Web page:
“When I took my children back-to-school shopping this year, I only bought 2 backpacks instead of 3. My oldest daughter, Lily, chose a green backpack free of any childish characters, because she is 10 but would prefer to be 16. My younger daughter, Reese, chose a purple backpack with a ‘panda-corn,’ because she is 6 and wants to be 6 forever.
My son, Levi, who is supposed to be in preK at the same school as his sisters, will not be choosing a backpack. On June 10, 2018, while on vacation at an Alabama beach, he slipped away from us for a moment during a non-swim time and drowned. He had worn a life jacket or puddle jumper all day, but when we were cleaning up from dinner, he somehow got out of a room filled with adults and kids, down a spiral staircase, and fell into the pool. I now know that a child under 30 pounds can drown in 30 seconds and that almost 70% of drowning occurs during a non-swim time.
So, when we went school shopping, there was no Paw Patrol backpack carried with pride throughout the Target store by a little boy so desperate to follow in his sisters’ footsteps. When I hang up their backpacks on the hooks by our garage door, there will be one hook that is empty.
Levi was supposed to be in preK at my daughters’ school this year, this treasured place where I am also a teacher. This was part of a plan that was made as soon as I became pregnant with him: all 3 in the same school. There would be one drop off and the same school schedule. And, there would be plenty of stolen hugs in the hallway, holding hands as they walked out to carline, and futile attempts by the adoring big sisters to calm the little brother who would most definitely be running through the hallways. Our family has looked forward to this for years. But, now the first day of school is approaching, and it is so very different than we could have ever imagined.
My 14 months of grief may seem short, but when you have to sit in the front row at your child’s funeral, each day after that is an eternity. I have discovered, as I navigate this journey, that the events I am prepared for have not been the hardest ones. I am braced and ready, almost daring the grief to come at me full force on the anniversary days or for each new ‘first.’ It is the moments I am not expecting that knock me over, when I have let down my guard and am slammed with the sudden realization that he is gone. The moments like moving the dresser and finding one of his tiny Thomas the Train toys. Or when my daughter asks in the car, ‘Mom, how will we know what Levi wants from Santa this year? And, how will we get those toys to him?’ Those moments are the daggers to my heart, that strike without warning.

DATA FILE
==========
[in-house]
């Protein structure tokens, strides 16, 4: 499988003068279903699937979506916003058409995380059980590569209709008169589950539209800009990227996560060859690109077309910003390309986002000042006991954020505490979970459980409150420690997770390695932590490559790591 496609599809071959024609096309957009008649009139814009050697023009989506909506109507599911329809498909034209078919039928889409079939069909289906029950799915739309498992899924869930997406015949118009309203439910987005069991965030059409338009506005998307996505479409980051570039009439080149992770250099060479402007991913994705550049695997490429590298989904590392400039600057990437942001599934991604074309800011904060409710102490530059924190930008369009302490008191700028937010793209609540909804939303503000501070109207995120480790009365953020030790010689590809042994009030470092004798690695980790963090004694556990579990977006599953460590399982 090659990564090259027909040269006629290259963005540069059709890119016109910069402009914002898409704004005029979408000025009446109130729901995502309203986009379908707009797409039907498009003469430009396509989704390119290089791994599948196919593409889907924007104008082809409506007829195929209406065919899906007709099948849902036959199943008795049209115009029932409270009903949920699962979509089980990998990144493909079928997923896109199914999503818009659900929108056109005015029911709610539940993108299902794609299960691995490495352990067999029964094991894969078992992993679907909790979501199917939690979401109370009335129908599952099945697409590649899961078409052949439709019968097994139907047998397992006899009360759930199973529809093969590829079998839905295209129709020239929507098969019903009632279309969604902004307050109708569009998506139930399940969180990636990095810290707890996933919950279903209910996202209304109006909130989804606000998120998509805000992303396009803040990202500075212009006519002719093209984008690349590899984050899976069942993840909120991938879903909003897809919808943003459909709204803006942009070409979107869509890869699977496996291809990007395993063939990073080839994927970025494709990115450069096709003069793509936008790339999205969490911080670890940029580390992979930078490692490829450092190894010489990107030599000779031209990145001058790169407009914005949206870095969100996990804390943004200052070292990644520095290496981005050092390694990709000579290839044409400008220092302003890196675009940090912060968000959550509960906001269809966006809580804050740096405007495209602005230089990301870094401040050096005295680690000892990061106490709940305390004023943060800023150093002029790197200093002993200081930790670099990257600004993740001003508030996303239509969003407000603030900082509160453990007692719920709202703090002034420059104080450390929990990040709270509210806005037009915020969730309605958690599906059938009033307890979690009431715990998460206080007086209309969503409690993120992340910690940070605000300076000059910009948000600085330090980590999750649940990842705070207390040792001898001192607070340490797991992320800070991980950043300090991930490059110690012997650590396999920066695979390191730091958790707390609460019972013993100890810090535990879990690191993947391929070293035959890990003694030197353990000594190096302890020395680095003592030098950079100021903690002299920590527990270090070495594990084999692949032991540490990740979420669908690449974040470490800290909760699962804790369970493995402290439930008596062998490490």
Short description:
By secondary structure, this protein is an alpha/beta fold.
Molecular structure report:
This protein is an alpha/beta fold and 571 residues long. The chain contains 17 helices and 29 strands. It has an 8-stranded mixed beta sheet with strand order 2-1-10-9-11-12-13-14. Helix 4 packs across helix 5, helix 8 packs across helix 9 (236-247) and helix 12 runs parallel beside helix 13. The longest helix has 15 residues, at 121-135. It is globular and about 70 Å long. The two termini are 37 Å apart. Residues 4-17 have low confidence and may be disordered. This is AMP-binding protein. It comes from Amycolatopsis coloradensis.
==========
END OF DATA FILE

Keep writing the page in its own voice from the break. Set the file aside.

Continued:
We went back to school shopping, and I naively thought I was ready, because I was prepared for it to be painful. I navigated this tortuous path already last year, and I had more confidence going into this year. But, grief is ruthless, and it proved me wrong. My daughters were giddy, choosing colorful folders and carefully marking off items on their lists. We walked around the store, my 6-year-old daughter grinning as she proudly carried her school supplies, tiny arms overflowing with Kleenex boxes and crayons. The sounds echoed around me: the rustling of supplies, the chatter, the thud of Lysol wipes and pencil boxes being tossed into the cart. But, my head was swirling, and it took all of strength to stand there for my daughters.
I have discovered the only way to manage this crushing weight is to take it one second at a time. When we were choosing school supplies, my mind tried to borrow even more grief from the future. I found myself already panicking as I thought about the actual first days of school. I will have to walk past the hallway with the PreK room and physically feel the empty hole from Levi’s absence. There will be no ‘Levi’ name sign in a cubby or a laminated name-tag on the Circle-Time rug. I shook my head and forced myself to just focus on the grief in front of me, to refuse to build on my panic.
Last year, as we led up to these back-to-school days, I thought my sadness would stem just from missing Levi. But, back to school felt extra crushing, and I quickly realized why. We were starting the first new season of life, the first in a lifetime of new ones ahead of us. We lost Levi at the very beginning of summer, but then Fall beckoned, and he was still not back.